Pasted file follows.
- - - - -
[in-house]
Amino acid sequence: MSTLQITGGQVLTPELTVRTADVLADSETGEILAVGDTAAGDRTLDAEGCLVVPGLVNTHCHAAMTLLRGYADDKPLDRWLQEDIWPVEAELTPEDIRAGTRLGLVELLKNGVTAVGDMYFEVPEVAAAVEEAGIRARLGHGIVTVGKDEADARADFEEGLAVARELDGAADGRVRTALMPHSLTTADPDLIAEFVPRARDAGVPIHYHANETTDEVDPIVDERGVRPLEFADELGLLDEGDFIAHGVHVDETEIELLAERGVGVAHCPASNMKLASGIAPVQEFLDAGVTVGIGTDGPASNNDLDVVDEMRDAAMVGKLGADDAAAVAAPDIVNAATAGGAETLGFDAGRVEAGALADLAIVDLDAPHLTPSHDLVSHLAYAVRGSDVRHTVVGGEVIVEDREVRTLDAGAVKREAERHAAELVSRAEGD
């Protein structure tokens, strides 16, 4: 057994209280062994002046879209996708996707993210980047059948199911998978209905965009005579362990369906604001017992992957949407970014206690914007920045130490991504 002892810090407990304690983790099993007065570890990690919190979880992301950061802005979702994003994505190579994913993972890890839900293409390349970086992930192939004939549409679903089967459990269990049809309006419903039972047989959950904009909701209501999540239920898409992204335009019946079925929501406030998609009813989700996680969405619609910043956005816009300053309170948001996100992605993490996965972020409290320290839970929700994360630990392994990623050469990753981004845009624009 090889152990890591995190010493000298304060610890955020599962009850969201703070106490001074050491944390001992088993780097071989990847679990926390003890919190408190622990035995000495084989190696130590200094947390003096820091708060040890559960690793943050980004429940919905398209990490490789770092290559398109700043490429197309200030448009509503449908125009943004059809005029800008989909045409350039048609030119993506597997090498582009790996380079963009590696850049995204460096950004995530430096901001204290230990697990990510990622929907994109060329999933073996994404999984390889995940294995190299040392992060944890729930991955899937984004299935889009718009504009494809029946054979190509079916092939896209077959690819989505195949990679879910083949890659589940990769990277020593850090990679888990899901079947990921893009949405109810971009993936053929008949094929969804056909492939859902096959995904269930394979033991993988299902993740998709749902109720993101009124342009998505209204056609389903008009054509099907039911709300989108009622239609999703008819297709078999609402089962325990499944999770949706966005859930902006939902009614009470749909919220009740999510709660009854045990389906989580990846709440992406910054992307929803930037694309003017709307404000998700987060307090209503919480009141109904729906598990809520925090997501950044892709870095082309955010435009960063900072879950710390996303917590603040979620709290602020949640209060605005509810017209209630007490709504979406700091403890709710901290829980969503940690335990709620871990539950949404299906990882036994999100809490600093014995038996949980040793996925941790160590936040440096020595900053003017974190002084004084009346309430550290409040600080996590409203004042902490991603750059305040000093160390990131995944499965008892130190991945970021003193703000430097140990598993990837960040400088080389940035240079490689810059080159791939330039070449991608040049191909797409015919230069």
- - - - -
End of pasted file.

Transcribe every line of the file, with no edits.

[in-house]
Amino acid sequence: MSTLQITGGQVLTPELTVRTADVLADSETGEILAVGDTAAGDRTLDAEGCLVVPGLVNTHCHAAMTLLRGYADDKPLDRWLQEDIWPVEAELTPEDIRAGTRLGLVELLKNGVTAVGDMYFEVPEVAAAVEEAGIRARLGHGIVTVGKDEADARADFEEGLAVARELDGAADGRVRTALMPHSLTTADPDLIAEFVPRARDAGVPIHYHANETTDEVDPIVDERGVRPLEFADELGLLDEGDFIAHGVHVDETEIELLAERGVGVAHCPASNMKLASGIAPVQEFLDAGVTVGIGTDGPASNNDLDVVDEMRDAAMVGKLGADDAAAVAAPDIVNAATAGGAETLGFDAGRVEAGALADLAIVDLDAPHLTPSHDLVSHLAYAVRGSDVRHTVVGGEVIVEDREVRTLDAGAVKREAERHAAELVSRAEGD
């Protein structure tokens, strides 16, 4: 057994209280062994002046879209996708996707993210980047059948199911998978209905965009005579362990369906604001017992992957949407970014206690914007920045130490991504 002892810090407990304690983790099993007065570890990690919190979880992301950061802005979702994003994505190579994913993972890890839900293409390349970086992930192939004939549409679903089967459990269990049809309006419903039972047989959950904009909701209501999540239920898409992204335009019946079925929501406030998609009813989700996680969405619609910043956005816009300053309170948001996100992605993490996965972020409290320290839970929700994360630990392994990623050469990753981004845009624009 090889152990890591995190010493000298304060610890955020599962009850969201703070106490001074050491944390001992088993780097071989990847679990926390003890919190408190622990035995000495084989190696130590200094947390003096820091708060040890559960690793943050980004429940919905398209990490490789770092290559398109700043490429197309200030448009509503449908125009943004059809005029800008989909045409350039048609030119993506597997090498582009790996380079963009590696850049995204460096950004995530430096901001204290230990697990990510990622929907994109060329999933073996994404999984390889995940294995190299040392992060944890729930991955899937984004299935889009718009504009494809029946054979190509079916092939896209077959690819989505195949990679879910083949890659589940990769990277020593850090990679888990899901079947990921893009949405109810971009993936053929008949094929969804056909492939859902096959995904269930394979033991993988299902993740998709749902109720993101009124342009998505209204056609389903008009054509099907039911709300989108009622239609999703008819297709078999609402089962325990499944999770949706966005859930902006939902009614009470749909919220009740999510709660009854045990389906989580990846709440992406910054992307929803930037694309003017709307404000998700987060307090209503919480009141109904729906598990809520925090997501950044892709870095082309955010435009960063900072879950710390996303917590603040979620709290602020949640209060605005509810017209209630007490709504979406700091403890709710901290829980969503940690335990709620871990539950949404299906990882036994999100809490600093014995038996949980040793996925941790160590936040440096020595900053003017974190002084004084009346309430550290409040600080996590409203004042902490991603750059305040000093160390990131995944499965008892130190991945970021003193703000430097140990598993990837960040400088080389940035240079490689810059080159791939330039070449991608040049191909797409015919230069």